Amazon Dash – Taking It Too Far?

The Amazon dash has finally hit the UK after launching in the US last year. Amazon Dash brings a physical presence to Amazon, having an actual button that you place in your own home enabling you to press it to order necessity items and have them delivered rapidly.

Currently, the Amazon Dash is available for 40 different brands and each button is connected to the individuals Amazon account. It also has built in Wi-Fi, meaning that it only takes a push to purchase and have your item sent your way within minutes.

The buttons each cost £4.99 but, in line with the American launch, Amazon is offering a £4.99 discount on the first purchase made with each button – effectively removing the initial cost of the button. WIRED asked the company whether there are any financial incentives offered to the brands who have signed-up but Amazon refused to comment on its business workings.

The button is only currently available for those who are using Amazon’s Prime service, which costs £79 a year.

To compliment the launch of Dash, Amazon are also unveiling their Dash Replenishment Service. This is a platform which is cloud-based and will track supplies of Internet of Things devices and automatically re-order supplies when they are low.

This all seems super fancy and pretty hi-tech, but the question is; do we really need it?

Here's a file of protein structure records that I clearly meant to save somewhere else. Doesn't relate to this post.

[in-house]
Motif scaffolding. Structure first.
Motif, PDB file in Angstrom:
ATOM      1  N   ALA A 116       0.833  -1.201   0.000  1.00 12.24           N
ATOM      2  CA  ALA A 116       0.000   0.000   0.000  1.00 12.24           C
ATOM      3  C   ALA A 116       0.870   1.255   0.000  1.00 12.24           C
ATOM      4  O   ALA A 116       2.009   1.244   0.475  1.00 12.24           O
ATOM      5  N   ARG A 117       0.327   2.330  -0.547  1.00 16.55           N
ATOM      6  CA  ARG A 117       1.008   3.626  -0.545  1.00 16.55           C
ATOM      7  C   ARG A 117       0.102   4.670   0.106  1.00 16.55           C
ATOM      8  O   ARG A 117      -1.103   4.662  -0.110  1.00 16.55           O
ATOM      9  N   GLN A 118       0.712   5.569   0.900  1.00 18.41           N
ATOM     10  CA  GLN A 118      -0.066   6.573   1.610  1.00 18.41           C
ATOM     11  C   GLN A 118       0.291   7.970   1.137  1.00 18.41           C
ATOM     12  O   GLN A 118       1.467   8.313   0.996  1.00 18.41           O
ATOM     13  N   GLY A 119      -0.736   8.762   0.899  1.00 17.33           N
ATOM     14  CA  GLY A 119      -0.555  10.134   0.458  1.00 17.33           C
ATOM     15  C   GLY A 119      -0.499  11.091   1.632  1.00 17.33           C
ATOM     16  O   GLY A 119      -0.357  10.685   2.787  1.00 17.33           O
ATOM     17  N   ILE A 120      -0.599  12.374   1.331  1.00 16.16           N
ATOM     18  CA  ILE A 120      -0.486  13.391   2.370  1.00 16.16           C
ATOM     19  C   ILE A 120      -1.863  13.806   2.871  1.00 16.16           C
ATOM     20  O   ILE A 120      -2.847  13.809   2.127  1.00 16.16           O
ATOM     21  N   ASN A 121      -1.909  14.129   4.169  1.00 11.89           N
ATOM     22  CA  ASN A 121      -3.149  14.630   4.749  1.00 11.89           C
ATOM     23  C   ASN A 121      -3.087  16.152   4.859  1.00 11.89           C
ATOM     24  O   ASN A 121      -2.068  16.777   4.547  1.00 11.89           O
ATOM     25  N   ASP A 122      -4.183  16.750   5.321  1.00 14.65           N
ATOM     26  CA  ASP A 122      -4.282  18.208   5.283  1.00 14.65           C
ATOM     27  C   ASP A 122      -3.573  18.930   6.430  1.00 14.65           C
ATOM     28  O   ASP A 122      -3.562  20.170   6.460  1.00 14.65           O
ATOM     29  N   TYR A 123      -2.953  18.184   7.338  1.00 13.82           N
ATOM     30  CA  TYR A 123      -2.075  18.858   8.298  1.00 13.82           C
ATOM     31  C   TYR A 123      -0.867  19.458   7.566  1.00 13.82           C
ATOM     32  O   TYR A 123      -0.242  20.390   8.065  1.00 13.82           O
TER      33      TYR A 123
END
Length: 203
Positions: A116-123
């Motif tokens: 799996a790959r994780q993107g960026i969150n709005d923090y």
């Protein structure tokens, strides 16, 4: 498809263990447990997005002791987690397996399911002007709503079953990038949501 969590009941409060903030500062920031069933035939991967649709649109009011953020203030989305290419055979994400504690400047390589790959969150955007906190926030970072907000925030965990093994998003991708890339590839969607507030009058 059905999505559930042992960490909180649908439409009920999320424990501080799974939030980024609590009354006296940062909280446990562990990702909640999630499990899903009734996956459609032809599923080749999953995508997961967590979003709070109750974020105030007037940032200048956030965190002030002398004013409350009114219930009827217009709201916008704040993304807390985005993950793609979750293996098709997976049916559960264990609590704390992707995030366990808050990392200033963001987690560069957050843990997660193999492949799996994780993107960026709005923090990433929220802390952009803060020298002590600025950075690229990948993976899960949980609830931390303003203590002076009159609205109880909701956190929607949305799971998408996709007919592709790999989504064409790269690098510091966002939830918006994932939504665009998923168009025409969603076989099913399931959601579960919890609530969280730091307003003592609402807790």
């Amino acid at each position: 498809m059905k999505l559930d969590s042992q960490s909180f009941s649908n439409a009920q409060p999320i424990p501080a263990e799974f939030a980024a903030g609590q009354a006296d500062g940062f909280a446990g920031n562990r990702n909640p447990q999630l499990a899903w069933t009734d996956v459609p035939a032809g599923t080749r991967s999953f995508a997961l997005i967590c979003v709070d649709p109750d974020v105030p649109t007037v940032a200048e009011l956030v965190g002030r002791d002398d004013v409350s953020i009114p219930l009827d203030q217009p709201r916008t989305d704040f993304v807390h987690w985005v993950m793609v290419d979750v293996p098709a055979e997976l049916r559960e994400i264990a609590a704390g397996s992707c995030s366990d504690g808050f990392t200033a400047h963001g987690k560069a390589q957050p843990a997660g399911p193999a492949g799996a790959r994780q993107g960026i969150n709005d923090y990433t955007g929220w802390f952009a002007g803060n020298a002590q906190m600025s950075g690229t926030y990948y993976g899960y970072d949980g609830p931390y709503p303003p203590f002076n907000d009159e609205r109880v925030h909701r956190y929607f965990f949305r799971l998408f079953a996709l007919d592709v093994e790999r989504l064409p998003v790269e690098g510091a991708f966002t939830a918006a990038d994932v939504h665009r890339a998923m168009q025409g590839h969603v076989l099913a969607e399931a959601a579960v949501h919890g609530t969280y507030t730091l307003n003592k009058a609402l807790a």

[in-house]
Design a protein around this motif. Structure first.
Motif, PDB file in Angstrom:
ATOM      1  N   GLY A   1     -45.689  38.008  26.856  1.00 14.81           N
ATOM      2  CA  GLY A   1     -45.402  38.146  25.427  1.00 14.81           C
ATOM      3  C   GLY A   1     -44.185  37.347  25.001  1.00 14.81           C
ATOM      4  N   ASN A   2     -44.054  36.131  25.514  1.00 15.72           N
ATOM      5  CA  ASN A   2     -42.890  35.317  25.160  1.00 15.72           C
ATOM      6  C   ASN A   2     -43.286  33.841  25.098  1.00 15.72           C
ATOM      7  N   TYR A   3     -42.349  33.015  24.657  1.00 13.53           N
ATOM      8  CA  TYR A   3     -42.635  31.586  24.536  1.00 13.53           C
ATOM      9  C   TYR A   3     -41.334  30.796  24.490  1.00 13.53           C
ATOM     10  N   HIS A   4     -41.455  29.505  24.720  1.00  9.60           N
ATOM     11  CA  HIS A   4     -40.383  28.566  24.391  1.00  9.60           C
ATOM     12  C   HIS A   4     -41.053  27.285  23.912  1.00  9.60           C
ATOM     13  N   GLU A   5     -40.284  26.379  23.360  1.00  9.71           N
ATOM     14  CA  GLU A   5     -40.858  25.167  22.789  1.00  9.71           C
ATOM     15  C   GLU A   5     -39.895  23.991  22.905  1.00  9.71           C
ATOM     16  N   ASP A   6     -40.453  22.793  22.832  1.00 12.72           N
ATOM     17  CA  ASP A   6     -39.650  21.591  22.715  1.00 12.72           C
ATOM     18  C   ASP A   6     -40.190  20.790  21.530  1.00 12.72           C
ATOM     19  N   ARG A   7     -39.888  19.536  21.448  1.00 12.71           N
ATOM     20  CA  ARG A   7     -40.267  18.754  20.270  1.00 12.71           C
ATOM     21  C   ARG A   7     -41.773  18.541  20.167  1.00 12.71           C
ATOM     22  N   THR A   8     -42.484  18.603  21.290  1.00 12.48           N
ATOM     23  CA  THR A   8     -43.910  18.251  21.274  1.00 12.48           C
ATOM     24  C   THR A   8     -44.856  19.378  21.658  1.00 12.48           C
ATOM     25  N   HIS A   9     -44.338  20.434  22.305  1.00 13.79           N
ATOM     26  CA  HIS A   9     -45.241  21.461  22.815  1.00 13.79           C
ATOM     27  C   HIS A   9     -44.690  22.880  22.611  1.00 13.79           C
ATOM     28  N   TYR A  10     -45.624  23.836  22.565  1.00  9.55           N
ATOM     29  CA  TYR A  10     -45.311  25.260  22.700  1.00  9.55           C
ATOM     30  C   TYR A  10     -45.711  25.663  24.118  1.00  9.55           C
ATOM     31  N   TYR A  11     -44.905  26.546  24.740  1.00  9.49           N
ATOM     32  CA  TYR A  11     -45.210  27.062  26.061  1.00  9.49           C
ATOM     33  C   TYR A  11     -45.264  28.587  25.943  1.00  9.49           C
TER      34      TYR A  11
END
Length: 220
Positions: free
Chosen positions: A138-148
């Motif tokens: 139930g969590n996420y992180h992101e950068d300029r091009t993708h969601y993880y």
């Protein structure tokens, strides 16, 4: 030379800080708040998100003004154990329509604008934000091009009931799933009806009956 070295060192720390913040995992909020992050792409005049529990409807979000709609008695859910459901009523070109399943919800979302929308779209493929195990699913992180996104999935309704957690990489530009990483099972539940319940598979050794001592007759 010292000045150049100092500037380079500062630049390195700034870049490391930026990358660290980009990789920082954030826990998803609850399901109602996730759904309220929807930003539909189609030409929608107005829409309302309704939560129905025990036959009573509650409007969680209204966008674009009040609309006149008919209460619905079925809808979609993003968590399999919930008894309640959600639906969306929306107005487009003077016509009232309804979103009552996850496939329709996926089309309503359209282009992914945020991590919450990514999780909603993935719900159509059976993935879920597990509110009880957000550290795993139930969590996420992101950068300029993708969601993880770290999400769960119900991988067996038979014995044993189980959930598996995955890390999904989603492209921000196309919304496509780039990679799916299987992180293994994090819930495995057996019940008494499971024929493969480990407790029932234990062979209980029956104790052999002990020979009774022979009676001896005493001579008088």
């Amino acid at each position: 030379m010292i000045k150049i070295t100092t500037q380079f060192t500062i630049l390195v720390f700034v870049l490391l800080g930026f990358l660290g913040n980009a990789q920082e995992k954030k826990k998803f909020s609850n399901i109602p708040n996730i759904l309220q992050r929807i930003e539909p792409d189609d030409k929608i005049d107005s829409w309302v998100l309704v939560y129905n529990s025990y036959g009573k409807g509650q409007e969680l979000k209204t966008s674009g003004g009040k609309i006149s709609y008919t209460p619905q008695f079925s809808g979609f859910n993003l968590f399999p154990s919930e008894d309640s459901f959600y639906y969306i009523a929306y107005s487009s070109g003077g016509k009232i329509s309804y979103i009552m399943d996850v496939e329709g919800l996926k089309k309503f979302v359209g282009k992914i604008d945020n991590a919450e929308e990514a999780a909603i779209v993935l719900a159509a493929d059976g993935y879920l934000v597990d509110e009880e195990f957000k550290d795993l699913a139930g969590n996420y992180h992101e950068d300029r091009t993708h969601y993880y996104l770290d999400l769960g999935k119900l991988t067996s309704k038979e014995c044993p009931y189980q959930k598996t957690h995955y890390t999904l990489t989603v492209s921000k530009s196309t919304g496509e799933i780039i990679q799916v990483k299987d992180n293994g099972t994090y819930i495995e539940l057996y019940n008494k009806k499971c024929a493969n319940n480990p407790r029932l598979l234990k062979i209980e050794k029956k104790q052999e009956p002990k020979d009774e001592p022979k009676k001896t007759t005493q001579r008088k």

I understand that advancements in technology are vital to the progression of society and that we should always explore pathways that may potentially lead to an easier life, but when has it been too hard to pop to the shops to grab some loo-roll, or to buy 2 packs of Ariel instead of one?

As well as this, we have to be aware of the potential complications associated with Dash. As we know, kids love to push buttons. So what happens when your toddler orders 100 packages of toilet paper to your front door? Or the dog decides that the Amazon button looks rather delicious?

The point is, if Amazon are prepared to fund a service that requires intensive management of not only their courier services, but also their products, then they need to have standardised procedure on returns, refunds or mistake orders.

Here are the full list of brands available to Amazon Dash as of the time of this articles publication:

Air Wick, Andrex, Ariel, Aveeno, Biona, Brabantia, BSN, Catsan, Cesar, Depend, Derwent, Dettol, Dreamies, DryNites, Durex, Fairy, Fairy Non-Bio, Fiesta, Finish, GBC, Gillette, Huggies, Johnson’s Baby, Kleenex, Lenor, Listerine, NERF, NESCAFÉ Dolce Gusto, Neutrogena, Nicorette, Nobo, Olay, Optimum Nutrition, Pedigree, Philips Sonicare, PLAY-DOH, Rexel, Right Guard, Rimmel, Rodial, Sheba
simplehuman, The Breath Co., Vanish, Whiskas, Wilkinson and Wunderbrow.